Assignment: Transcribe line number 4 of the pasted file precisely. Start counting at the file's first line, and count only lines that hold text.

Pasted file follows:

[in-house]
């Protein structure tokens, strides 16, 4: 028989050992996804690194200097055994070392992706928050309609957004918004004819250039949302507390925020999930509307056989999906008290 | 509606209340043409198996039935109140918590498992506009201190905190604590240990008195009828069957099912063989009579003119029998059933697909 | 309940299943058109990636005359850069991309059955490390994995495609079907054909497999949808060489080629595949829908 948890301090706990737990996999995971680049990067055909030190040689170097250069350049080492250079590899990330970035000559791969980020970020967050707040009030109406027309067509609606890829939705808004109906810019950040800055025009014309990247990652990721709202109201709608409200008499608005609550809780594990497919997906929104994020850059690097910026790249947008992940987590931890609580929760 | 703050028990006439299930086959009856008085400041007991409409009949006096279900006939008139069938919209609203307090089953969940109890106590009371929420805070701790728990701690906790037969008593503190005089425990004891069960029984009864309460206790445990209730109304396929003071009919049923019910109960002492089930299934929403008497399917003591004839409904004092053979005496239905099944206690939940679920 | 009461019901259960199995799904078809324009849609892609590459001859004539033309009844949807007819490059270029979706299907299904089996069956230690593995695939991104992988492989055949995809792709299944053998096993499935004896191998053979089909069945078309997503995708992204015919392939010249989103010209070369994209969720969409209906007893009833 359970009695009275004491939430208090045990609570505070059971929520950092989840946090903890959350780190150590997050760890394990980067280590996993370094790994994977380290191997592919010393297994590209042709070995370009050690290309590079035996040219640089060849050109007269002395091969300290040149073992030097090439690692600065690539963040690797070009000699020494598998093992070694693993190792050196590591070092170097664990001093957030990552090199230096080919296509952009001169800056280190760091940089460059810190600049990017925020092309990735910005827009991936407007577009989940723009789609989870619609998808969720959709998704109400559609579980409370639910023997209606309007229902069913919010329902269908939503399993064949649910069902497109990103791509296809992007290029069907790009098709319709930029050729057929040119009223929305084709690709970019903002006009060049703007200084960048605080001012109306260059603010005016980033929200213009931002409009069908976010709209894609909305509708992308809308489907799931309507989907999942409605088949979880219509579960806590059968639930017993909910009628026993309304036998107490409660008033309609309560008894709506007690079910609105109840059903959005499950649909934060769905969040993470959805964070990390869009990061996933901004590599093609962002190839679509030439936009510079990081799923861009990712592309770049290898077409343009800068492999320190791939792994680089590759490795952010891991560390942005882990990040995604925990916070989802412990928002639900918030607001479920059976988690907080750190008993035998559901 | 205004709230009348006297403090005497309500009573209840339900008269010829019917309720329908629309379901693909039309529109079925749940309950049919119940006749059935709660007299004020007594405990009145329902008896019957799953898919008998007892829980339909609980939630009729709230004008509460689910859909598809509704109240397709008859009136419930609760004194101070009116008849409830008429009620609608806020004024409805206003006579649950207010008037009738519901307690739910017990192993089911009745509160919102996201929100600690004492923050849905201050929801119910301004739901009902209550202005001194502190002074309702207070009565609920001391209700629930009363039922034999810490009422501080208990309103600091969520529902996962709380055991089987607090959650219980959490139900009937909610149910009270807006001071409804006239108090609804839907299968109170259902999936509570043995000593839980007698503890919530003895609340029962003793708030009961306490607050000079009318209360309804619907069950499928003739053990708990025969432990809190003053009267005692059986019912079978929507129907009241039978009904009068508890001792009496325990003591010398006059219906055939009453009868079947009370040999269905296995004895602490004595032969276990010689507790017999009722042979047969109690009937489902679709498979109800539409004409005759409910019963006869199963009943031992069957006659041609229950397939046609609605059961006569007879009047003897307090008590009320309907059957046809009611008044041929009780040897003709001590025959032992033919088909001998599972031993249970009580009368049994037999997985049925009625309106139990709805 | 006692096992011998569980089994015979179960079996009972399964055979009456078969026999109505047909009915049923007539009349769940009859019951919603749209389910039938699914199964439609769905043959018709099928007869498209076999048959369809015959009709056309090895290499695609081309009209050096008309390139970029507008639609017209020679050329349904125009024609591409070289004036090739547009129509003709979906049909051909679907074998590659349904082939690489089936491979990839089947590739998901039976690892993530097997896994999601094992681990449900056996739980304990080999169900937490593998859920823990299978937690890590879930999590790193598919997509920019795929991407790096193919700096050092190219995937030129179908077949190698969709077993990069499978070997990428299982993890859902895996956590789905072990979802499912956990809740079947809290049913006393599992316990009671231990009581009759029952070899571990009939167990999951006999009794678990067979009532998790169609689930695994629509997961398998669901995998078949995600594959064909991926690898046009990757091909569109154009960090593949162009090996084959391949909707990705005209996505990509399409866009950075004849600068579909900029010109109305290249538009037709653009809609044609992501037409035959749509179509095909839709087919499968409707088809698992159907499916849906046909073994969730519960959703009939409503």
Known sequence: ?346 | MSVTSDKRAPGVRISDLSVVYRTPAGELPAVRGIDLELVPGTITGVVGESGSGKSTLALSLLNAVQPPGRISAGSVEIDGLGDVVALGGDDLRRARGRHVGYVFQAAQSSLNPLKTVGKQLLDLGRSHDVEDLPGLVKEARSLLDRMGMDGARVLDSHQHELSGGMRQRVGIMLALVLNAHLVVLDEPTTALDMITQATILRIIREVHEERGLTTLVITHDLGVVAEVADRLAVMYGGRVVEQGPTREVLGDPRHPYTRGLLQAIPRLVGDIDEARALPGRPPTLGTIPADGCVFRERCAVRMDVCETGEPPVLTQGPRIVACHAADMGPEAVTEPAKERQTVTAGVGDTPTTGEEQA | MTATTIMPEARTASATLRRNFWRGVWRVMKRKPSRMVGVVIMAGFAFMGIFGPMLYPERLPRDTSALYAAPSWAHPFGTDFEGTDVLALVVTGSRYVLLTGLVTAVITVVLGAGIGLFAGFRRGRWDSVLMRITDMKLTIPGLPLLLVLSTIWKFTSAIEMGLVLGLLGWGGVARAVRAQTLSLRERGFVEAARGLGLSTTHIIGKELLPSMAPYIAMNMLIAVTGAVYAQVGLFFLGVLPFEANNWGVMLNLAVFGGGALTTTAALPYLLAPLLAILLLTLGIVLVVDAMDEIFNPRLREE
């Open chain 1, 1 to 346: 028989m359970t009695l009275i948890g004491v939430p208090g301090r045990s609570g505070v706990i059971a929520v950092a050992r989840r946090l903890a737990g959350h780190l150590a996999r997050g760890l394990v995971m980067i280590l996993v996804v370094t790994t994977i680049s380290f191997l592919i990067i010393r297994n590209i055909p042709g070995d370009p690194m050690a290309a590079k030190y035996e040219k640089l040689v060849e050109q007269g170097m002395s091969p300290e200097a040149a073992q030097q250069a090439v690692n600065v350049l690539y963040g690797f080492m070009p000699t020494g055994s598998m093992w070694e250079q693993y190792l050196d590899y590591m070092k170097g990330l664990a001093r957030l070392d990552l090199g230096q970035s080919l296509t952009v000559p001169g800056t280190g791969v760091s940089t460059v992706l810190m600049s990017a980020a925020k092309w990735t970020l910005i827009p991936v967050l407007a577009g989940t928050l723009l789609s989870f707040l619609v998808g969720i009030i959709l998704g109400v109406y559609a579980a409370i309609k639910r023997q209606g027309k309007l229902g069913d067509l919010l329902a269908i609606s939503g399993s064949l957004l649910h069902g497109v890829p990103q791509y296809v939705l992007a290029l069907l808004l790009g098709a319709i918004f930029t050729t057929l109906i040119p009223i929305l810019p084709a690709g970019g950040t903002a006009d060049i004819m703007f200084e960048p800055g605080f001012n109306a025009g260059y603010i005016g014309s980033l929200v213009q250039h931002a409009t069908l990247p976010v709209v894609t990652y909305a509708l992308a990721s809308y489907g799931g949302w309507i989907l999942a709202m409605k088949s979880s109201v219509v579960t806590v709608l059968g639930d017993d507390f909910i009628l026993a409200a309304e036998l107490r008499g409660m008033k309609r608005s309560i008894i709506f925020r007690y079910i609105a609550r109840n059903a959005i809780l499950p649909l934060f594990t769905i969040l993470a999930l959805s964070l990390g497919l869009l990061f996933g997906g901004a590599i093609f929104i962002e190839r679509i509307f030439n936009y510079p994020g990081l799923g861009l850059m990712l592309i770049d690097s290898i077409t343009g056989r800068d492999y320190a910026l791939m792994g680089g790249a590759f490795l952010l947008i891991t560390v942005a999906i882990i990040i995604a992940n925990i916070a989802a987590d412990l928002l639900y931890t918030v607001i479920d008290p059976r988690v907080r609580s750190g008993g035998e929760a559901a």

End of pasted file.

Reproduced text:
């Open chain 1, 1 to 346: 028989m359970t009695l009275i948890g004491v939430p208090g301090r045990s609570g505070v706990i059971a929520v950092a050992r989840r946090l903890a737990g959350h780190l150590a996999r997050g760890l394990v995971m980067i280590l996993v996804v370094t790994t994977i680049s380290f191997l592919i990067i010393r297994n590209i055909p042709g070995d370009p690194m050690a290309a590079k030190y035996e040219k640089l040689v060849e050109q007269g170097m002395s091969p300290e200097a040149a073992q030097q250069a090439v690692n600065v350049l690539y963040g690797f080492m070009p000699t020494g055994s598998m093992w070694e250079q693993y190792l050196d590899y590591m070092k170097g990330l664990a001093r957030l070392d990552l090199g230096q970035s080919l296509t952009v000559p001169g800056t280190g791969v760091s940089t460059v992706l810190m600049s990017a980020a925020k092309w990735t970020l910005i827009p991936v967050l407007a577009g989940t928050l723009l789609s989870f707040l619609v998808g969720i009030i959709l998704g109400v109406y559609a579980a409370i309609k639910r023997q209606g027309k309007l229902g069913d067509l919010l329902a269908i609606s939503g399993s064949l957004l649910h069902g497109v890829p990103q791509y296809v939705l992007a290029l069907l808004l790009g098709a319709i918004f930029t050729t057929l109906i040119p009223i929305l810019p084709a690709g970019g950040t903002a006009d060049i004819m703007f200084e960048p800055g605080f001012n109306a025009g260059y603010i005016g014309s980033l929200v213009q250039h931002a409009t069908l990247p976010v709209v894609t990652y909305a509708l992308a990721s809308y489907g799931g949302w309507i989907l999942a709202m409605k088949s979880s109201v219509v579960t806590v709608l059968g639930d017993d507390f909910i009628l026993a409200a309304e036998l107490r008499g409660m008033k309609r608005s309560i008894i709506f925020r007690y079910i609105a609550r109840n059903a959005i809780l499950p649909l934060f594990t769905i969040l993470a999930l959805s964070l990390g497919l869009l990061f996933g997906g901004a590599i093609f929104i962002e190839r679509i509307f030439n936009y510079p994020g990081l799923g861009l850059m990712l592309i770049d690097s290898i077409t343009g056989r800068d492999y320190a910026l791939m792994g680089g790249a590759f490795l952010l947008i891991t560390v942005a999906i882990i990040i995604a992940n925990i916070a989802a987590d412990l928002l639900y931890t918030v607001i479920d008290p059976r988690v907080r609580s750190g008993g035998e929760a559901a």